Add deer hunting to the random list of firsts for 2020.
As I climbed and settled into the metal bench with Wade and his gun, I wondered what on Earth I’d been thinking—just a gal with a bright orange hat, some completely impractical camouflage accessories, and great hopes for quality time with her husband.
Wedged into a forked tree, we swayed with the heavy gusts of November wind. Long, leaf bare branches knocked together like nature’s windchimes around us. When we didn’t blow out of the tree tops Rock-a-Bye-Baby style, my tail bone reminded me how handy bleacher seat cushions would’ve been. I hear there are rechargeable heated cushions these days, something that would’ve been a game changer for me when Wade played ball in Pennsylvania. I mentioned all of this to him.
He grunted in agreement.
I reached for my phone and snapped a couple memories before the battery died. Major bummer. A few minutes were spent making mental checklists of grocery items, Christmas gifts, and things I should tell Wade when this was over (though we had just started). My longest lists were of all the other things I could or he should be doing instead of waiting for a big animal to stroll within range.
Turkeys strut by while squirrels searched for nuts and trouble amongst the fallen logs. My book club is discussing the first part of our new selection this coming weekend, and I’ve been delaying reading it. Searching for and Maintaining Peace promises to be a retreat from the agitation of our busy world. I explained the irony of me forgetting such a book at home and my restlessness in the deer stand to Wade.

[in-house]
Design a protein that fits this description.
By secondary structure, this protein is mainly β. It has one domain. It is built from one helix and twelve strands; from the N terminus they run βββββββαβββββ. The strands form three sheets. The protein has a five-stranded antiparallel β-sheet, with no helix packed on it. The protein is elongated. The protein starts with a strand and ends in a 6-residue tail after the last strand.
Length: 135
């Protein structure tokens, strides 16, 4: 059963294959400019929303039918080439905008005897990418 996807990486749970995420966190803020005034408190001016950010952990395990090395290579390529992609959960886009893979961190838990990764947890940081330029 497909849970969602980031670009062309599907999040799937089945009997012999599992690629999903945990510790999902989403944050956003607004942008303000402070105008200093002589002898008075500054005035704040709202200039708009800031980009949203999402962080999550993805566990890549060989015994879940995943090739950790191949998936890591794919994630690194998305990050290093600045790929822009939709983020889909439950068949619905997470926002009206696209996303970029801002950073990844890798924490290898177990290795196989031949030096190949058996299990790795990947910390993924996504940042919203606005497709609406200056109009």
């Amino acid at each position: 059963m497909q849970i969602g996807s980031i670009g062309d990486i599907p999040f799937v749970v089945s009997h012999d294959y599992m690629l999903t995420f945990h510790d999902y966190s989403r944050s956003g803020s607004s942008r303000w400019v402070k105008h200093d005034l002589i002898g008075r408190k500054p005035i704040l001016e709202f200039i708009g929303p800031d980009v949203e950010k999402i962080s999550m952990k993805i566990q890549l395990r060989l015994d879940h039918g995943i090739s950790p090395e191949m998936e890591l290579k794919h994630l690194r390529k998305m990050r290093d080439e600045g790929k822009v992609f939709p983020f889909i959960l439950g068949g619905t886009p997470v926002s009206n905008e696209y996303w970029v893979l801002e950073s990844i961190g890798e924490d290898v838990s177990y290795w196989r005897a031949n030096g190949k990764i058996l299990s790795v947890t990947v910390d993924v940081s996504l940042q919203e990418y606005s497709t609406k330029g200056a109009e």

He muttered about the white pages flapping in the wind and making too much noise.
I tried to focus on the funny squirrels and the gray stumps that I prayed would suddenly spring to life so I could say, “Surprise, honey! It’s actually a sneaky deer!” But that never happened. I eventually wrapped an arm around a branch of the rocking tree and conceded to heavy eyelids.
I woke as something moved in the last bit of evening light. How I wished I had brought my glasses, though I didn’t say. Wade lifted his gun and peered through the scope. Three does, cautious and ghostly.
“This would be so much easier if they’d make some noise.”
“What kind of sounds do they make?”
He mumbled, “They kind of grunt.”
As far as dates in 2020 go, sitting in the middle of the woods was about as socially-distanced and socially-backward as could be. I told Wade that if I ever go again, I will at least be prepared with a well-packed purse, hot coffee, and charged Kindle.
He grunted, but I saw a grin.